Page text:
The GAO is still paying premiums for the policies, even as the Obama administration attempts to verify phony documentation.
Those follow-up verification checks also appeared to need tightening; the GAO said parts of the fake documentation it submitted for two applications actually got through the process.
Nonetheless, GAO audits and investigations chief Seto Bagdoyan told the House Ways and Means Committee that the agency has not drawn any sweeping conclusions from what he called its "preliminary" findings. A full assessment will take several months.
In the real world, it may be difficult for fraud artists to profit from the nation's newest social program, since government healthcare subsidies are paid directly to insurance companies.
Still, GAO's report opened another line of attack for Republican lawmakers who have relentlessly tried to kill the 2010 Affordable Care Act. It raised questions about new sorts of flaws in the enrollment system, which experienced computer gridlock when it went live last fall. Ultimately, 8 million people managed to sign up for subsidized healthcare in federal and state exchanges that handled Obamacare enrollment.
GAO also testified that there's still a huge backlog of applications with data discrepancies, even though the administration has resolved some 600,000 cases.
Rep. Charles Boustany (R-La.) said the findings point to more bungling by the Obama administration. "This is simply not a question of whether one likes the administration's health care law; it's a question of being good stewards of taxpayer dollars," he said.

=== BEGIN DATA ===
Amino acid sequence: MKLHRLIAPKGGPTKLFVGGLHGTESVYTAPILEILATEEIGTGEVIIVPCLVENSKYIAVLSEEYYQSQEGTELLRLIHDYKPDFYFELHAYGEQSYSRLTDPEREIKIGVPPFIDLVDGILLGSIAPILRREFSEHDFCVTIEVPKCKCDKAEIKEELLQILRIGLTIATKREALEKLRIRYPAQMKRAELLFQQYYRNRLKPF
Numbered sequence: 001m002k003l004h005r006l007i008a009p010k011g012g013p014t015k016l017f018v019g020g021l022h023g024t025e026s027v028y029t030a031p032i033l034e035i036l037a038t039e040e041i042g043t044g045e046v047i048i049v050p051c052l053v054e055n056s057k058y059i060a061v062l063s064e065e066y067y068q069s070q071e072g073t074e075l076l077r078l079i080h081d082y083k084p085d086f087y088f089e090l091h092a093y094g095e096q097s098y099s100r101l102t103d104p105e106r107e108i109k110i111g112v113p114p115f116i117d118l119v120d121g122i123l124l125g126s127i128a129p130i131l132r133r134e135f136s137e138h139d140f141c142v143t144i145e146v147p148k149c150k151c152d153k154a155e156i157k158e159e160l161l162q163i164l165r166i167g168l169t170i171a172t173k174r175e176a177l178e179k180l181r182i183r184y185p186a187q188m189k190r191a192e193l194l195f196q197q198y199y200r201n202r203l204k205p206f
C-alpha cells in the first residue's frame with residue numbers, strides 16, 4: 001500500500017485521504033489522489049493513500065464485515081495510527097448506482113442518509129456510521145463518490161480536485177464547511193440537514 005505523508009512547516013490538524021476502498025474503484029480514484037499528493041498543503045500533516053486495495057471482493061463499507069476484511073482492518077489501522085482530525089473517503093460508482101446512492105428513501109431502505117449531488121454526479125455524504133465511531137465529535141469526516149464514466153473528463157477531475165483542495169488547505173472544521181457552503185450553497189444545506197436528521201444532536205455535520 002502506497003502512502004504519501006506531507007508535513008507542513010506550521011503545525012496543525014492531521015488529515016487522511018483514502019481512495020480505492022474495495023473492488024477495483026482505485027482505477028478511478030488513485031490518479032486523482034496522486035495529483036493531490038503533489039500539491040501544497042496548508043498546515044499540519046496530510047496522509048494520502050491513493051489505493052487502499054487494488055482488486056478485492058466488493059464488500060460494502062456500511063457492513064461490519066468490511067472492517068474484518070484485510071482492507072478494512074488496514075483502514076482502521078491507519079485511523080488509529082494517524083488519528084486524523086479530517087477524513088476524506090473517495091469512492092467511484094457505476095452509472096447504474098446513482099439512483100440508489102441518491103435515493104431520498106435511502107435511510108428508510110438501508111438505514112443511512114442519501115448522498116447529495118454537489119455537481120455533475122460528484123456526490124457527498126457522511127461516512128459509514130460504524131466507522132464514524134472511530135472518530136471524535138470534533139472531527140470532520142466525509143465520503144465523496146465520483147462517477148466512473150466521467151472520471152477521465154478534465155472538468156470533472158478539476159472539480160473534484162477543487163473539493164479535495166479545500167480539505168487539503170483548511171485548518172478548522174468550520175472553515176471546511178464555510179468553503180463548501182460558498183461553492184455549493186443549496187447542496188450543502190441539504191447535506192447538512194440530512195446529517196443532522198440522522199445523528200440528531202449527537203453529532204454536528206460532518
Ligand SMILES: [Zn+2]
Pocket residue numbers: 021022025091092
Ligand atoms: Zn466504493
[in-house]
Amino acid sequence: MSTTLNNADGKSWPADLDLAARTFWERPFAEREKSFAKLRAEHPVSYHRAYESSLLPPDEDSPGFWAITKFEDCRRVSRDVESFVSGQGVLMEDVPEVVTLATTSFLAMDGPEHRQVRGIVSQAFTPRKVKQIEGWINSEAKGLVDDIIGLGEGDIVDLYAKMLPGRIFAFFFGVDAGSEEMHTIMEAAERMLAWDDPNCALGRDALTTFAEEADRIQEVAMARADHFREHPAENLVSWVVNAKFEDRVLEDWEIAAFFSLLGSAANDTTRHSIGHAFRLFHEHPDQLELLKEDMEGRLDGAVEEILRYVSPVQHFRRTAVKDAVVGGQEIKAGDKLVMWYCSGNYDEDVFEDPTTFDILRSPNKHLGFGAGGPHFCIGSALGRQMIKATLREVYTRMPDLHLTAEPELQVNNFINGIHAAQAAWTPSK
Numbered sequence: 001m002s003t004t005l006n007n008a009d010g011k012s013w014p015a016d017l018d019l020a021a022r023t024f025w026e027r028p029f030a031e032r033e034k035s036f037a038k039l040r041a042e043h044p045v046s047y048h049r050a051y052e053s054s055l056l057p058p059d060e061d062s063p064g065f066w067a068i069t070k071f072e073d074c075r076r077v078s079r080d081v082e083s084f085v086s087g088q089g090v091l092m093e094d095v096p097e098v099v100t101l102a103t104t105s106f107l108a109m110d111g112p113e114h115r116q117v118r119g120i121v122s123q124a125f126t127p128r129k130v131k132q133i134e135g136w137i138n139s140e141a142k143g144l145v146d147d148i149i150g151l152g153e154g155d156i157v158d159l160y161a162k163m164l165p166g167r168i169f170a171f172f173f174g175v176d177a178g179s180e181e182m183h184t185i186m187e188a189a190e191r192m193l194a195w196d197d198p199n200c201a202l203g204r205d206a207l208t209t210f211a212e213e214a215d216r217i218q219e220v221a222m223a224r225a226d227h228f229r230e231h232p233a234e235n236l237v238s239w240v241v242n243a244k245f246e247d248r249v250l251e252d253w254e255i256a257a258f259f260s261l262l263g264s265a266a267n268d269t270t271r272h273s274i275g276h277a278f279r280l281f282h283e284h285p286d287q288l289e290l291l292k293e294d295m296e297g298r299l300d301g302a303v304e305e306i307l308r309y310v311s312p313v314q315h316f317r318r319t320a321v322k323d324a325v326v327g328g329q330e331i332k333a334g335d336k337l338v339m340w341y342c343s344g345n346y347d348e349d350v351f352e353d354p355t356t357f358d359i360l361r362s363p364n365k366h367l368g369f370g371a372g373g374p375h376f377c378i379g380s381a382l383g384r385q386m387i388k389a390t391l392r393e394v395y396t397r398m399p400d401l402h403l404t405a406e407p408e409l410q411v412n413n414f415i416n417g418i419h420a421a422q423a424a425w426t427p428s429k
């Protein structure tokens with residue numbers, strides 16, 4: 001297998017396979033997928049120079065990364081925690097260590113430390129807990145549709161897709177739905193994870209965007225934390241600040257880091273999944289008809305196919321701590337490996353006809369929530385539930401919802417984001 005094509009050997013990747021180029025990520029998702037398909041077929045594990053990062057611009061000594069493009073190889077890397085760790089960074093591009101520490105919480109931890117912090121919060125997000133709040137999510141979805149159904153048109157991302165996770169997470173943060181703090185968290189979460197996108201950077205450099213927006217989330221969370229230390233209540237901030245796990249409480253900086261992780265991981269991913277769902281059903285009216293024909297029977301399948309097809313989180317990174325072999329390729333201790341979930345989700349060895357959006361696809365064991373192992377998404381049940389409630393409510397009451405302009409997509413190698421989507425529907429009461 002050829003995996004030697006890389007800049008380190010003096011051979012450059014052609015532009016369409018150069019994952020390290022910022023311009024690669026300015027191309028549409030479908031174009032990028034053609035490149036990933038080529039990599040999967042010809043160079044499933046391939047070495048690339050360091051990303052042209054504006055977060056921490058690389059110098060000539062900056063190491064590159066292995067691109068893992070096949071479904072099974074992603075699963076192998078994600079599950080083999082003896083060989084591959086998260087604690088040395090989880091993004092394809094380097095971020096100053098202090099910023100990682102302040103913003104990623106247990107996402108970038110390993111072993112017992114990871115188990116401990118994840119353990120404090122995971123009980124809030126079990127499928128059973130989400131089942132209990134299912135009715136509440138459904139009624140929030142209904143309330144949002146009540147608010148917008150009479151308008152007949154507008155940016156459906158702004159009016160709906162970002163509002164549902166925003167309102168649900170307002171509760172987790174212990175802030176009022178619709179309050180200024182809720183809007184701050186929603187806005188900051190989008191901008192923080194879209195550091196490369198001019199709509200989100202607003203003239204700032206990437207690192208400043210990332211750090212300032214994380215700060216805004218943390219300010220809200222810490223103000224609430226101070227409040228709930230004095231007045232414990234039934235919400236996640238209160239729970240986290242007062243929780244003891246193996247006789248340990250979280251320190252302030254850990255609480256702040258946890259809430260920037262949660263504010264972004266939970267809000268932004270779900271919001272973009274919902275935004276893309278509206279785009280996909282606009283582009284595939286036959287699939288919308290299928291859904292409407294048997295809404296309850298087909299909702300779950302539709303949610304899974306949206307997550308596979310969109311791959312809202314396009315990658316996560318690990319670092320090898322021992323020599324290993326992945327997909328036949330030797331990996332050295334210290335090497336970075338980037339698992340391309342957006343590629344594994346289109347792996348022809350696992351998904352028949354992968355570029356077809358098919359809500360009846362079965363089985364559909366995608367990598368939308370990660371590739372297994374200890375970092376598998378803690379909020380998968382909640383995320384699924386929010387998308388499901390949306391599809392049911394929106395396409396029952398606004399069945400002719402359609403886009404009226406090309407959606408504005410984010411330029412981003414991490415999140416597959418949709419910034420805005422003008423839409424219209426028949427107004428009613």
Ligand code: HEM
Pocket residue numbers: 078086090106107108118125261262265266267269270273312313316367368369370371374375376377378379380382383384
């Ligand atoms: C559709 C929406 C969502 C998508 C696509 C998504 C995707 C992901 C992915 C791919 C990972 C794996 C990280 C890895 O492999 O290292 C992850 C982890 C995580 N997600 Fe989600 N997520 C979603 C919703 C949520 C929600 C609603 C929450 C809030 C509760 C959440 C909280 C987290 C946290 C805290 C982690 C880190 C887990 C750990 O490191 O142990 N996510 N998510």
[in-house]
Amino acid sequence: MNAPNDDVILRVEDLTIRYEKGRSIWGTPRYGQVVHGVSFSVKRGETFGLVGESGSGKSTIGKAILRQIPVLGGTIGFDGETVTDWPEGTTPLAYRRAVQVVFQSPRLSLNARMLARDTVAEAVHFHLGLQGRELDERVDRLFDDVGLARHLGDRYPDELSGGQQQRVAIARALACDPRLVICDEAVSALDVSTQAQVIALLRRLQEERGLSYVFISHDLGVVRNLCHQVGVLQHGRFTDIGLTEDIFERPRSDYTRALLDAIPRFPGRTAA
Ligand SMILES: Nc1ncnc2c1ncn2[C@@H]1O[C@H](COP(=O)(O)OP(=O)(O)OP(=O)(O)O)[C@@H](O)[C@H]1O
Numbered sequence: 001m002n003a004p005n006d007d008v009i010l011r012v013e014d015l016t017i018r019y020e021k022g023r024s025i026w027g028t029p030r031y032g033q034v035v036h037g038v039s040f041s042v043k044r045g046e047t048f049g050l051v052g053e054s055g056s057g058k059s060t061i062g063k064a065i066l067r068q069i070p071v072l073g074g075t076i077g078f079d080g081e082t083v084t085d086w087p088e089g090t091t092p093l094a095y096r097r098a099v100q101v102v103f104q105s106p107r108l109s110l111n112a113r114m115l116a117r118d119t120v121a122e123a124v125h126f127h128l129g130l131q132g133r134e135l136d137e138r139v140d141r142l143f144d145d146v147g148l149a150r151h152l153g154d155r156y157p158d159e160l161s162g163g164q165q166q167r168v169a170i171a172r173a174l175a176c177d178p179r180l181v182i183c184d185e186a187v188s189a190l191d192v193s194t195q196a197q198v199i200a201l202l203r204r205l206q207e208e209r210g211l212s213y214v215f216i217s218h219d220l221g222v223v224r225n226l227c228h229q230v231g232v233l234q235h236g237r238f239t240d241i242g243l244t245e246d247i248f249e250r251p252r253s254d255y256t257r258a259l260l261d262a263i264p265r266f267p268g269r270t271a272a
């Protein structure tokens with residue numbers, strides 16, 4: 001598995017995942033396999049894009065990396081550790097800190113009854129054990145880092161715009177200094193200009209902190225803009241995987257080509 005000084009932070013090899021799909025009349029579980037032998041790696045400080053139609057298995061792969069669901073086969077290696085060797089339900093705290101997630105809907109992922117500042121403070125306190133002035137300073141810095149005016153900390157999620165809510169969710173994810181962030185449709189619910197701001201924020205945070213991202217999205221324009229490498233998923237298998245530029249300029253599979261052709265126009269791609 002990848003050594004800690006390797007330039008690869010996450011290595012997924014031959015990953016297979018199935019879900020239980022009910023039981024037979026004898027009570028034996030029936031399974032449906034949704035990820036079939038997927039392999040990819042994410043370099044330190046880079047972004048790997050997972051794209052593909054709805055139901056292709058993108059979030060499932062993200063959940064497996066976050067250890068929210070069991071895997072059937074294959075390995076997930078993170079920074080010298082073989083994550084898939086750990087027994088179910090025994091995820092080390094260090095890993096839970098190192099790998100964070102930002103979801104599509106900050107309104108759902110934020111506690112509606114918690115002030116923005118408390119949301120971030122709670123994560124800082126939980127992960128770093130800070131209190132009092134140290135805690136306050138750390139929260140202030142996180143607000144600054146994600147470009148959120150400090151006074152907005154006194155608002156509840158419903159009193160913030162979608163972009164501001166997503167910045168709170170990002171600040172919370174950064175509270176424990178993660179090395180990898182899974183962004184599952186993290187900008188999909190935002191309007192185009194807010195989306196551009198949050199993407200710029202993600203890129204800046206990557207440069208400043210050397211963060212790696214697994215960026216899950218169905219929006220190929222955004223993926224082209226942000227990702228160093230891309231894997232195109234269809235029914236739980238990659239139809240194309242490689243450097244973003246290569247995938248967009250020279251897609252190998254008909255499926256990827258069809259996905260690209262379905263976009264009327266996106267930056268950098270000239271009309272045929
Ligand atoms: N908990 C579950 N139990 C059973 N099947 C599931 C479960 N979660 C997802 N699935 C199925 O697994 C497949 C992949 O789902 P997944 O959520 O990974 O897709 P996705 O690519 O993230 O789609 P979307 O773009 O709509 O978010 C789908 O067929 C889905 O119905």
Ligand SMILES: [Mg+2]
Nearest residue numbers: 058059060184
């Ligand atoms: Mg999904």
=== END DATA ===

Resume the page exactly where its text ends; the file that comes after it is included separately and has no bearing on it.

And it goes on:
Speaking for committee Democrats, Rep. John Lewis of Georgia said it's time for Republicans to stop trying to dismantle the healthcare law and instead start fixing problems. "We will not go back to a time when Americans did not have access to affordable health insurance," said Lewis.
The Obama administration is taking the report seriously.
"We are examining this report carefully and will work with GAO to identify additional strategies to strengthen our verification processes," said spokesman Aaron Albright. At least on paper, fraudsters risk prosecution and heavy fines.
The GAO said its investigators concocted fake identities using invalid Social Security numbers and falsely claiming citizenship or legal residence. In other cases, they made up income figures that would disqualify them from getting subsidies.